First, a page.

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NPSF Awards Research Grants to Study Rapid Response Team Events and Patient Handoffs

Monday, May 09, 2011   (0 Comments)
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Grant Recipients from Beth Israel Deaconess Medical Center and Ohio State University Medical Center Chosen from Field of 125 Submissions

BOSTON, MA (May 9, 2011) – The National Patient Safety Foundation (NPSF) today announced that it has awarded $200,000 in grants to two researchers at leading medical centers. The grants are awarded through the NPSF Research Grants Program, which promotes studies leading to the prevention of human errors, system errors, patient injuries and their consequences.

  • The NPSF Board Research Grant has been awarded to James Gray, MD, Beth Israel Deaconess Medical Center, Boston, for his project, Trigger Events as a Burst-like Phenomena: Understanding the Role of Care Team Structure and Designing Solutions.  This project will study the transmissible nature of patient events requiring intervention by a rapid response team (RRT)—a multidisciplinary medical team that provides critical care to patients who experience sudden clinical deterioration. The investigator’s previous work on RRTs suggests that the occurrence of an RRT event appears to influence or predict the risk of future deterioration in other patients. Using a large data set (more than 100,000 admissions), Dr. Gray and his team will explore whether an individual patient’s risk of decline is affected by the complex set of connections that exist between patients, their care, and the teams providing that care.

The NPSF Board Research Grant is supported in part by generous contributions from NPSF Board members.

  • The Hospira Research Grant has been awarded to Emily Patterson, PhD, Ohio State University Medical Center, for her study, Patient Handoffs: the Impact of a Fresh Perspective on Patient Mortality in Critical Care Settings. Dr. Patterson’s project will use targeted ethnographic observations in two intensive care units to explore multiple questions related to changes in diagnoses after handoffs; strategies employed by staff during handoffs to increase patient safety; and team members’ willingness to speak up about safety concerns. This two-year study also aims to develop training materials related to patient handoffs.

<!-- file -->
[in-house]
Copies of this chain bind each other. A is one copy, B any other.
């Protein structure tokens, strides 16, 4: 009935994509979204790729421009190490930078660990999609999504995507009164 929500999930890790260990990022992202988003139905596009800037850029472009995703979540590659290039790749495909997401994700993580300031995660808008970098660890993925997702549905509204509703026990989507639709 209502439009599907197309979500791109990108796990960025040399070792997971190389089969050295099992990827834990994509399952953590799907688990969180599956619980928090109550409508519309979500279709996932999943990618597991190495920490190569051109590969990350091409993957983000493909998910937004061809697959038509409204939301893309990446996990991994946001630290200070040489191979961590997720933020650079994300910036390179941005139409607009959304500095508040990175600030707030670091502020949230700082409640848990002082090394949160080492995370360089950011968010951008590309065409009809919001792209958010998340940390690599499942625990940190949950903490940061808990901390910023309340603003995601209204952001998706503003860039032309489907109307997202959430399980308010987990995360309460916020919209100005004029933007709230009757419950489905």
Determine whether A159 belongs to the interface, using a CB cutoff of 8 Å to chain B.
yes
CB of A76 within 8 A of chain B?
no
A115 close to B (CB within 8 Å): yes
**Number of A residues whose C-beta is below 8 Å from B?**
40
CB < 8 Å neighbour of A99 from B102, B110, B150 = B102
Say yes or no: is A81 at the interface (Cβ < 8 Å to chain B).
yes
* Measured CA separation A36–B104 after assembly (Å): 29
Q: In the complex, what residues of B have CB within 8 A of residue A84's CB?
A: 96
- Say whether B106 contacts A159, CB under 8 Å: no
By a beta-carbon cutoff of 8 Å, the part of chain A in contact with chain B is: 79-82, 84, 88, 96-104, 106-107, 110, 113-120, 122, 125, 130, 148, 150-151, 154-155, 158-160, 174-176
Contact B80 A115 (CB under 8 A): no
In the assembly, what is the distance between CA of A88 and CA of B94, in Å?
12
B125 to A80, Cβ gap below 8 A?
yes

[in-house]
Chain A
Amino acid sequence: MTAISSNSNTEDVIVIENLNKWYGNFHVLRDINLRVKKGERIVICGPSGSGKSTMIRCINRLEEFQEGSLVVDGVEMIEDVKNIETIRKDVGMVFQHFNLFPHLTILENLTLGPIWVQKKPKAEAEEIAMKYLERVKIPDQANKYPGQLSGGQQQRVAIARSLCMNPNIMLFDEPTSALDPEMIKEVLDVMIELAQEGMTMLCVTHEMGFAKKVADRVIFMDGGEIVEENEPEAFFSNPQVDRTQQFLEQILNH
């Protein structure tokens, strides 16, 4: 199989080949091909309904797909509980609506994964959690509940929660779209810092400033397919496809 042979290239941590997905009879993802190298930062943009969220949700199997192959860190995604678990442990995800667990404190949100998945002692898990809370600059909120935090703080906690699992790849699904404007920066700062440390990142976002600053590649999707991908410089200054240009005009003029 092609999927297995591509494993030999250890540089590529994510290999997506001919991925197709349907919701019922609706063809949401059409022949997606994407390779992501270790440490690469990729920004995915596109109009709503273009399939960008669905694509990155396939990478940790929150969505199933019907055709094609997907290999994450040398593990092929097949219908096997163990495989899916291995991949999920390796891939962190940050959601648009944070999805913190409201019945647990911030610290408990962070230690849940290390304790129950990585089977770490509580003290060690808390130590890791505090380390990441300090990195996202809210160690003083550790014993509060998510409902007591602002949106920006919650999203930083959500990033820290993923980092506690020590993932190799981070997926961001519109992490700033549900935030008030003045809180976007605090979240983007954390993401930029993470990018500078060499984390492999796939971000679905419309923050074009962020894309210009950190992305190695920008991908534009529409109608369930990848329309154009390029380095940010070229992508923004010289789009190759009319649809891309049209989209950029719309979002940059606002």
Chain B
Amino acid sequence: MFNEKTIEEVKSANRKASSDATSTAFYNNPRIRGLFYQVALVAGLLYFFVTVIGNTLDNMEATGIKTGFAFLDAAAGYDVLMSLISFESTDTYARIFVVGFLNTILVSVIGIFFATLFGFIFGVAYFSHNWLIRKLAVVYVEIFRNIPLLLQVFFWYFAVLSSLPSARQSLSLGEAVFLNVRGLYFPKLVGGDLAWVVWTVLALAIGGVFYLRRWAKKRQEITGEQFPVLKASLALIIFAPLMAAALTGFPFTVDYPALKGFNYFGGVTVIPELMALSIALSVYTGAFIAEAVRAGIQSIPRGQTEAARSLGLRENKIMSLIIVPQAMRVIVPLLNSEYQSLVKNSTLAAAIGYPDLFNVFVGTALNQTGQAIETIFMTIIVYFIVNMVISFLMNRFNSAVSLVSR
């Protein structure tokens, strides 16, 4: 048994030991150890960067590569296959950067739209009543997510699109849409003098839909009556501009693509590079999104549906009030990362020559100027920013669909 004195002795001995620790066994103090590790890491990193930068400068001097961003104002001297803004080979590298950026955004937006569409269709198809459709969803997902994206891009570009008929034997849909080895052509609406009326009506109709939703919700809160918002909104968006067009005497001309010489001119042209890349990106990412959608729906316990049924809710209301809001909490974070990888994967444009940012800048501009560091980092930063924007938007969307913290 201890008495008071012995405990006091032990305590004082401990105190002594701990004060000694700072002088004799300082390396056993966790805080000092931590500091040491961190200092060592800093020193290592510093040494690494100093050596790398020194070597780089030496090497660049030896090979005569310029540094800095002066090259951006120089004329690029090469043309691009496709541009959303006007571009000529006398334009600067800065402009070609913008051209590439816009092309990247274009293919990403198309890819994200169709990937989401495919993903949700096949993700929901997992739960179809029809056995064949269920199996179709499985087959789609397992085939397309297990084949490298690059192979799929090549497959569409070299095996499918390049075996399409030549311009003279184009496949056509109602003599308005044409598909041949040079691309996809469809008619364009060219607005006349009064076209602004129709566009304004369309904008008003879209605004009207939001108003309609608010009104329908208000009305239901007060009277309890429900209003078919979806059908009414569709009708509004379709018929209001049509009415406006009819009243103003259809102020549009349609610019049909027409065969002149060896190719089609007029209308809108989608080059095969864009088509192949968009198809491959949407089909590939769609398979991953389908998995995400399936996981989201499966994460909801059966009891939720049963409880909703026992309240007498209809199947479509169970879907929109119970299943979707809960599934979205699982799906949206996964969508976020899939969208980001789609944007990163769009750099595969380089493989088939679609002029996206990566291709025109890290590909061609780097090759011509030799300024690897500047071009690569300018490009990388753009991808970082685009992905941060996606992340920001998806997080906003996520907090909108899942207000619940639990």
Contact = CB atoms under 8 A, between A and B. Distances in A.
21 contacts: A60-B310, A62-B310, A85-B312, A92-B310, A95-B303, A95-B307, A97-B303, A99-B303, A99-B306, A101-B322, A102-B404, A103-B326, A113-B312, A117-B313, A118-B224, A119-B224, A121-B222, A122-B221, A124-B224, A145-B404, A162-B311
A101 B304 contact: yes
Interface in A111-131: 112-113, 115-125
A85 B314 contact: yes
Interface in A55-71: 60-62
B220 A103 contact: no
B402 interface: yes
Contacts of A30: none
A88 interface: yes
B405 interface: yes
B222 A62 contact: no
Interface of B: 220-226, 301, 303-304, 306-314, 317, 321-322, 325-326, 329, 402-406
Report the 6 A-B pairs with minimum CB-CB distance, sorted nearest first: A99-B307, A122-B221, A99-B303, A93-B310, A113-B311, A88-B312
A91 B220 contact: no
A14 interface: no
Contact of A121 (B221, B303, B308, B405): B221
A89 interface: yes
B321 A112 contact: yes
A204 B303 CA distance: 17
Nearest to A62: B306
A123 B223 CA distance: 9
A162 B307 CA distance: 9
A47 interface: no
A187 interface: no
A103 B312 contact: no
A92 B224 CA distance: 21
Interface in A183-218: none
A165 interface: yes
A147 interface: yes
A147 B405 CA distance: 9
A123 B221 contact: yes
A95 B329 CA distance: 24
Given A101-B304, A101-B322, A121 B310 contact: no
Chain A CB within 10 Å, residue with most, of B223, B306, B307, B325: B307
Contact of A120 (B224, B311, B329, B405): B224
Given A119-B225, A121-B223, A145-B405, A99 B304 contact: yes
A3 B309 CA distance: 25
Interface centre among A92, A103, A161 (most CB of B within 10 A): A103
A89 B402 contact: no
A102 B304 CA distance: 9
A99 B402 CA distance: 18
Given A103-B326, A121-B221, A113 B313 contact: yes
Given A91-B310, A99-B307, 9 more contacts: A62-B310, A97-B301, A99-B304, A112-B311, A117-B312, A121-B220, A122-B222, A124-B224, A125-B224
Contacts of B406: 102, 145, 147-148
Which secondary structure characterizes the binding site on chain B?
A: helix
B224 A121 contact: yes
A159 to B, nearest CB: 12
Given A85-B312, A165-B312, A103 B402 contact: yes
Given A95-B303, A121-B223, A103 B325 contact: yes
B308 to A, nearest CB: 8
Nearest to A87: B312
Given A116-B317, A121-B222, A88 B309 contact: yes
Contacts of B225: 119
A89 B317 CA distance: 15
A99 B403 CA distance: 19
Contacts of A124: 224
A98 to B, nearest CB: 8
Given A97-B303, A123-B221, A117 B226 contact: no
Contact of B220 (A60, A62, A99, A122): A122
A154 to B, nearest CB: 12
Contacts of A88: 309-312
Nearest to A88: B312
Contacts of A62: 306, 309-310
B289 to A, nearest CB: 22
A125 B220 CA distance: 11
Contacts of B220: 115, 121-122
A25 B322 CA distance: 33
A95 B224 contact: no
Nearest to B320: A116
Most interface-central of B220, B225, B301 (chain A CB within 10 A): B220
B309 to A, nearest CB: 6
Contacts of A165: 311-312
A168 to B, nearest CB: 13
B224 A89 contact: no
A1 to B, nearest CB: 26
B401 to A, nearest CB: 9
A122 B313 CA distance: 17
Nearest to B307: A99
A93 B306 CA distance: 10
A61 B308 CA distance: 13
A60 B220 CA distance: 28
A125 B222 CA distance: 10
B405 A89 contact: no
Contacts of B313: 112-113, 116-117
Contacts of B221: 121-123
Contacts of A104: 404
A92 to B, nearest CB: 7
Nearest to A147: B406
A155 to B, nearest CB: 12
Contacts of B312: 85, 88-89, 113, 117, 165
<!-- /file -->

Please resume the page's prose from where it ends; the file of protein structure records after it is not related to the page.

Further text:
This grant is funded by Hospira, the global specialty pharmaceutical and medication delivery company that provides solutions to help improve the safety, cost, and productivity of patient care.

The two grant recipients were selected from 125 submissions reviewed by an independent committee of 11 healthcare experts. That committee was chaired by Bruce Lambert, PhD, Professor of Pharmacy Administration at the University of Illinois at Chicago.

“The only way to truly transform the body of patient safety knowledge is to support original research,” said Diane C. Pinakiewicz, MBA, President of NPSF. “We are committed to advancing the efforts of investigators focused on identifying the causes of preventable injuries and the strategies that reduce them.”

“Our partnership with NPSF to advance research addressing medical errors reinforces the shared commitment of NPSF and Hospira to enhance patient safety in hospitals,” said Kathryn J. McDonagh, PhD, RN, vice president, Hospira.

“The number and quality of this year’s submissions were extraordinary,” Ms. Pinakiewicz added. “NPSF is most grateful to Hospira for its generous funding support of the research grants program and to our Board members, for their continual commitment to advancing research in patient safety.”

Since 1998, NPSF has supported 36 research projects with more than $3.6 million in grant funding.

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